Most advice regarding rust involves how to remove it, but there are times when you may actually want to cause metal to rust faster. Whether you are a prop maker or a DIY’er, you might need to make metal rust to get the right look for your project.
Ensure that the metal you are working with will rust.
Only metals containing iron will rust, and some iron alloys will rust slowly or not at all. Stainless steel, an alloy of iron and chromium, will be very difficult to rust. Cast iron or wrought iron will rust most easily.
Measure some hydrochloric acid into a plastic bottle.
Hydrochloric acid is readily available in low concentrations at hardware stores, often labeled as muriatic acid. Handling it carefully, pour about 2 ounces (60 ml) into a sturdy plastic bottle. You should wear rubber gloves and safety glasses when doing this.
Dissolve a bit of copper in the hydrochloric acid.
Dissolving copper into the acid solution creates a wash that will speed the rusting process. The best way to dissolve copper in the acid is to wrap a short length of copper wire into a coil and submerge it in the acid for about a week.
When leaving the copper to soak, do not cap the bottle tightly. The gases produced during the chemical reaction will cause pressure to build inside the bottle. Also, make sure to clearly label the bottle and store it out of reach of children or pets.
Copper coins can be used as well. Make sure the coin’s content is largely copper; for instance, United States pennies made after 1982 are only 2.5 percent copper. However, pennies made before 1982 are 95 percent copper.
Dilute the copper and acid solution with water.
After some of the copper has dissolved into the acid, put on protective gloves and carefully remove the copper from the solution. Once you have taken it out of the solution, you can discard it. Dilute the acid with water in a ratio of roughly 1 part acid to 50 parts water. If you used 2 ounces (60 ml) of hydrochloric acid, you should mix it with about a gallon (3.8 L) of water.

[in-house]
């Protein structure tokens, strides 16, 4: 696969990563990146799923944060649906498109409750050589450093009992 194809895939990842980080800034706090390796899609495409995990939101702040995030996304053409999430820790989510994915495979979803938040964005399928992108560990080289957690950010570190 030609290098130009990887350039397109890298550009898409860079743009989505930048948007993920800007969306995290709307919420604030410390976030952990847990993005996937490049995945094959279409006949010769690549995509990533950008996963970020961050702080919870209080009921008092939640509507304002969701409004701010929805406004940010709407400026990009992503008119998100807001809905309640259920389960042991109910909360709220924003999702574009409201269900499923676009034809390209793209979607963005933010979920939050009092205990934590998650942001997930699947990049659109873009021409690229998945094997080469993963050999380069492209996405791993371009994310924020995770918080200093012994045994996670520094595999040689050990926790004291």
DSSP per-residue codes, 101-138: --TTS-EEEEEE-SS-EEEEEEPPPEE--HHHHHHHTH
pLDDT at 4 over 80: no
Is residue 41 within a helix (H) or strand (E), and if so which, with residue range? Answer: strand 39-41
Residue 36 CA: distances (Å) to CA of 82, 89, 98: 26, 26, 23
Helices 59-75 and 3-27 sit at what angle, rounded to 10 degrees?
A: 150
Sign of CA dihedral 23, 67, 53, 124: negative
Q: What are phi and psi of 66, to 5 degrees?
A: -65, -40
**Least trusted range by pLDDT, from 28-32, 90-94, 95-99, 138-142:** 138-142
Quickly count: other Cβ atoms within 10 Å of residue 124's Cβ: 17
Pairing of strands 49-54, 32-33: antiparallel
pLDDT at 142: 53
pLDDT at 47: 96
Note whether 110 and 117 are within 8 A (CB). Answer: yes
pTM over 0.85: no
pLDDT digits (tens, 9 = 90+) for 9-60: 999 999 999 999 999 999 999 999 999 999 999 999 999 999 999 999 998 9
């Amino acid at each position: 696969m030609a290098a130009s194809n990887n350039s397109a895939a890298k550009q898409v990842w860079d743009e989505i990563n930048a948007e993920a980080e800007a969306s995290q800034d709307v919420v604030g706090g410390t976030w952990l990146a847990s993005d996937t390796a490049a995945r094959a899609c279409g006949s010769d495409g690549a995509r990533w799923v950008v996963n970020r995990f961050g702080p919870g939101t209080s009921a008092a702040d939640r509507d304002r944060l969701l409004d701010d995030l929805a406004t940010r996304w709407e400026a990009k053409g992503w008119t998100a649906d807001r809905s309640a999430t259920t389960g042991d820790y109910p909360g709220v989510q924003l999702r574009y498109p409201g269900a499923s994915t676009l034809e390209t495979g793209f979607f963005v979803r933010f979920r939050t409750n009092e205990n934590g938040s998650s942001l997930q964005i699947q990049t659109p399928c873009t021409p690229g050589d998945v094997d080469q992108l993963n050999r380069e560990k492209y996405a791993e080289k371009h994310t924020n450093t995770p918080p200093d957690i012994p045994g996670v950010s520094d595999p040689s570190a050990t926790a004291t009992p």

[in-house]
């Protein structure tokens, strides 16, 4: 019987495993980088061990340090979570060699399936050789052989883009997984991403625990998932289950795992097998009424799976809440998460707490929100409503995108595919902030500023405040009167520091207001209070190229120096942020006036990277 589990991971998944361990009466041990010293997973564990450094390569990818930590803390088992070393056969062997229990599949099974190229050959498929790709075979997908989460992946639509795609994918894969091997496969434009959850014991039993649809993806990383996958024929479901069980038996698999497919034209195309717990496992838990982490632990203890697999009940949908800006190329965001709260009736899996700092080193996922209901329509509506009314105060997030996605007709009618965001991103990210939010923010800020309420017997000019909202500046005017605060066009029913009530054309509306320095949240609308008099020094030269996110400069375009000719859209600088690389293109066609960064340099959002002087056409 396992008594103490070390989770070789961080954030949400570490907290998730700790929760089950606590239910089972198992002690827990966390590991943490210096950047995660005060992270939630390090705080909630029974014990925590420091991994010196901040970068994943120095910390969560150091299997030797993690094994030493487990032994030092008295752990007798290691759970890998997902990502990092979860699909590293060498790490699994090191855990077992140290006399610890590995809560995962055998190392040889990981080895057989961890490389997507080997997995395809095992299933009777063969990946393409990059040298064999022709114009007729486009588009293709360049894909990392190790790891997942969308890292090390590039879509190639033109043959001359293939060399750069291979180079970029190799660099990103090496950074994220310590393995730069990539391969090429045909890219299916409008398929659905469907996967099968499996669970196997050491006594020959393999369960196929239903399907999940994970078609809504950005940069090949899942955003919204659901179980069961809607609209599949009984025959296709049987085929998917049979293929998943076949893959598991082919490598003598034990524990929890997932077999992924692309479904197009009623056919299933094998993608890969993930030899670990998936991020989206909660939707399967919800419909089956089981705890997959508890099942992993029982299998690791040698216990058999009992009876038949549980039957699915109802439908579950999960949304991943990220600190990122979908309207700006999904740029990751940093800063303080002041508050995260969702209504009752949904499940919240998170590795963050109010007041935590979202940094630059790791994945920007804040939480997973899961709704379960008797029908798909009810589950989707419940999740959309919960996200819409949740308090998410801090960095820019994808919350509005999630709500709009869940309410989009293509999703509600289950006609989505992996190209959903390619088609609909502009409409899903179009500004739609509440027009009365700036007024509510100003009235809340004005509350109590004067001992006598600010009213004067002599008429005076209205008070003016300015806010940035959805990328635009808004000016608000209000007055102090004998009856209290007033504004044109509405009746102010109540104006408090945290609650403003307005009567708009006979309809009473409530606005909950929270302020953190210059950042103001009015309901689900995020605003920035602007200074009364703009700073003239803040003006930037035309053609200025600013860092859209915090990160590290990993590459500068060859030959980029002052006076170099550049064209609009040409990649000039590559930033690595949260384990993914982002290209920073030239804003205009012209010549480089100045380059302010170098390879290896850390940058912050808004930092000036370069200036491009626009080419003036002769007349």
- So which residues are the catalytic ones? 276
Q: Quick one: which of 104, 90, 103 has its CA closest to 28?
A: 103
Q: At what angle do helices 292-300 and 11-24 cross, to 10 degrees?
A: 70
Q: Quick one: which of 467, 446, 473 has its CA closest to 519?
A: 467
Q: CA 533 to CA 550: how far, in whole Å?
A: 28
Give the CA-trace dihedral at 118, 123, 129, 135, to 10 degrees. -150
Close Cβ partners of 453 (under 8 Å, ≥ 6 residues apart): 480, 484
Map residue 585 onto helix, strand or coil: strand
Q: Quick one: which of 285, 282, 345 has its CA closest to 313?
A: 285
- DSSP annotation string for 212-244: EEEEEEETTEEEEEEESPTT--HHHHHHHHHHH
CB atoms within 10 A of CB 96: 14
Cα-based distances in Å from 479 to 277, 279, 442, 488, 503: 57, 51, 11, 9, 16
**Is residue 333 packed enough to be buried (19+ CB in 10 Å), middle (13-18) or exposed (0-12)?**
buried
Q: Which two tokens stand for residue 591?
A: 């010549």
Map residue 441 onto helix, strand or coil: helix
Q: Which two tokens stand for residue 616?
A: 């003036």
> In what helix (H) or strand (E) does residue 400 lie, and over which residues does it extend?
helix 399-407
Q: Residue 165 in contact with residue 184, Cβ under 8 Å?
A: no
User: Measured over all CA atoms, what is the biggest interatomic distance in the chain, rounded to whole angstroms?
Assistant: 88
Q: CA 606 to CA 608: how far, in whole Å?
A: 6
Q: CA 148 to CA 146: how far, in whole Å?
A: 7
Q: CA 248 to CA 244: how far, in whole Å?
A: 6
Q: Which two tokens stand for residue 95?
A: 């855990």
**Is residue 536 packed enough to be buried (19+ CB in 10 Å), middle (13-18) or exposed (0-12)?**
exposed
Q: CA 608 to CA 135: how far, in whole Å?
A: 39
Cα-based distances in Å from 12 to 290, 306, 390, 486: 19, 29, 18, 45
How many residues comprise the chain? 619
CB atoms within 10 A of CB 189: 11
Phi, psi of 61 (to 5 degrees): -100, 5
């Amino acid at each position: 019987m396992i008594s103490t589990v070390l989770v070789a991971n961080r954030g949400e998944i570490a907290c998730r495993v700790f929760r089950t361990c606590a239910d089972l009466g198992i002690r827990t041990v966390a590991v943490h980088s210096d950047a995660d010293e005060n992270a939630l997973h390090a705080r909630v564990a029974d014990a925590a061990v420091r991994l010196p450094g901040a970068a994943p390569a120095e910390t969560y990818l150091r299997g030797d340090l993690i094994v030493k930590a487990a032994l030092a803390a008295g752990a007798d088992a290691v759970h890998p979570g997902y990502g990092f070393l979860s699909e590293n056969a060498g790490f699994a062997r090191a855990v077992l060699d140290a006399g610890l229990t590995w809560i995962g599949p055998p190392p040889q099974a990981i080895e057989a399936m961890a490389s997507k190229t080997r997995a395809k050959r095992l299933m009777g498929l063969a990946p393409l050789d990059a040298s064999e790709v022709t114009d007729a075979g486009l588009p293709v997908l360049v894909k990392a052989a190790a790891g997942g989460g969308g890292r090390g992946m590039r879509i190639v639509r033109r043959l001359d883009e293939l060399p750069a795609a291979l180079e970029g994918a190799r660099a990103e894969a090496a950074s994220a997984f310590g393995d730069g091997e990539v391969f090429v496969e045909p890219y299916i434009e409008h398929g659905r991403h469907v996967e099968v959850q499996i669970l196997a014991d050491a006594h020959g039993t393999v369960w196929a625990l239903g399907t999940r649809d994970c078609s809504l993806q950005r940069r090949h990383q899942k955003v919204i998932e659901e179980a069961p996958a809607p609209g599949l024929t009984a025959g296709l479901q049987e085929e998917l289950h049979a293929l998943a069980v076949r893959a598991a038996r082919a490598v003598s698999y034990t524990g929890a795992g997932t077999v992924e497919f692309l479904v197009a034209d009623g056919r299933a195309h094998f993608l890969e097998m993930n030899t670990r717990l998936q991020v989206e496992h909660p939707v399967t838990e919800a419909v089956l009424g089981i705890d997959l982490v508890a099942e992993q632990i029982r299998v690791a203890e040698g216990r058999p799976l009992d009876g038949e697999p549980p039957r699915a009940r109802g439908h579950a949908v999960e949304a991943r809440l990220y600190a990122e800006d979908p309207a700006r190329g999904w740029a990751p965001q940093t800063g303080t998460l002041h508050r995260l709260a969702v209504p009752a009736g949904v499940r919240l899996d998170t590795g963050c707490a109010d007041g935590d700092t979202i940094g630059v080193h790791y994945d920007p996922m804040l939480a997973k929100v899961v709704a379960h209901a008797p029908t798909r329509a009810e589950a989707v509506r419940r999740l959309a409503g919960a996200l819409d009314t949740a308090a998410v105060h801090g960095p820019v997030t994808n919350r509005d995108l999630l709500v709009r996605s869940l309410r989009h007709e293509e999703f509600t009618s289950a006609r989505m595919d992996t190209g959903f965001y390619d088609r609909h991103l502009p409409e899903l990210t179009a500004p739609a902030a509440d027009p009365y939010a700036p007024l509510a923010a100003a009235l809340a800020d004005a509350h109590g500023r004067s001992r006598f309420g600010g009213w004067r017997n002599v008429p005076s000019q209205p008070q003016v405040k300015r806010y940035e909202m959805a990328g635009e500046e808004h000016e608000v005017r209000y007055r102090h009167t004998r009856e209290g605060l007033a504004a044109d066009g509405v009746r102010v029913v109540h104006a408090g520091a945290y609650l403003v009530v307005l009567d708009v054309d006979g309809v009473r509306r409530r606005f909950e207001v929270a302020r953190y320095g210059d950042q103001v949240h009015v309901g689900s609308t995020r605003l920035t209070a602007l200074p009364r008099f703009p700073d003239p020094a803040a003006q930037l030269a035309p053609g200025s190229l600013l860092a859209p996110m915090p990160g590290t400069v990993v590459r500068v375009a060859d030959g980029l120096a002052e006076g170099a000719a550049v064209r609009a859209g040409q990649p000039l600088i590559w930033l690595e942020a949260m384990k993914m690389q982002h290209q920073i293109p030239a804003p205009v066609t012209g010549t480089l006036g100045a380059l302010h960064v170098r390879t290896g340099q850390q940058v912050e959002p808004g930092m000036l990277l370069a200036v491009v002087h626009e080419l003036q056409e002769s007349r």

Clean your steel or iron thoroughly.
The acid and copper solution will work best when the metal is very clean. There are commercially available products designed for cleaning scale or corrosion from metal, but a wash and rinse with soap and water will generally be sufficient.
Apply the acid solution.
Apply a light layer of the solution to the metal and allow it to air dry. The acid can be applied with a spray bottle or paint brush, although the acid will quickly deteriorate any metal components of the spray bottle. Wear protective gloves and safety glasses when applying the acid solution, and work in a well-ventilated area, preferably outdoors.
Allow the metal to rust.
Within an hour, you should see noticeable rusting on the metal. You do not need to wipe or rinse away the acid wash; it will dissipate naturally. If you desire a heavier layer of rust, apply another wash of the acid solution.
Select a well-ventilated area to work in.
Peroxide can be dangerous if too much is inhaled at a time. Choose a piece of metal that is either iron or tin–both will work with this method.
Transfer the peroxide to a spray bottle.
The spray bottle will make it much easier to apply to your metal. Spray your piece of metal with a sizeable amount of peroxide. Spraying more peroxide will help to speed up the rusting process.
Sprinkle salt onto the piece of metal.
You should do this while the peroxide is still wet. The rusting process will begin almost immediately and is actually easy to see. You can pour on more or less salt depending on how thick or crusty you want the rust to be.
Let the metal piece air-dry, and don’t touch it.
If you wipe off the salt while the peroxide is still wet, you will disrupt the rusting process and cause your rust to come out blotchy. Once dry, rub the salt off and admire your work.
Experiment with this method.
While you have just read about the basic way you can use peroxide and salt to cause metal to rust, the sky is really the limit when it comes to this technique. Rub the salt off and then spray the piece with peroxide again. Try different amounts of salt or dip your metal into water once it has dried. The water will give the rust a smoother texture.
Protect your work surface, if necessary.
Spread out the metal items.
Spray the items with hydrogen peroxide.
Immediately spray the items with white vinegar.
Let the items sit for the rest of the day.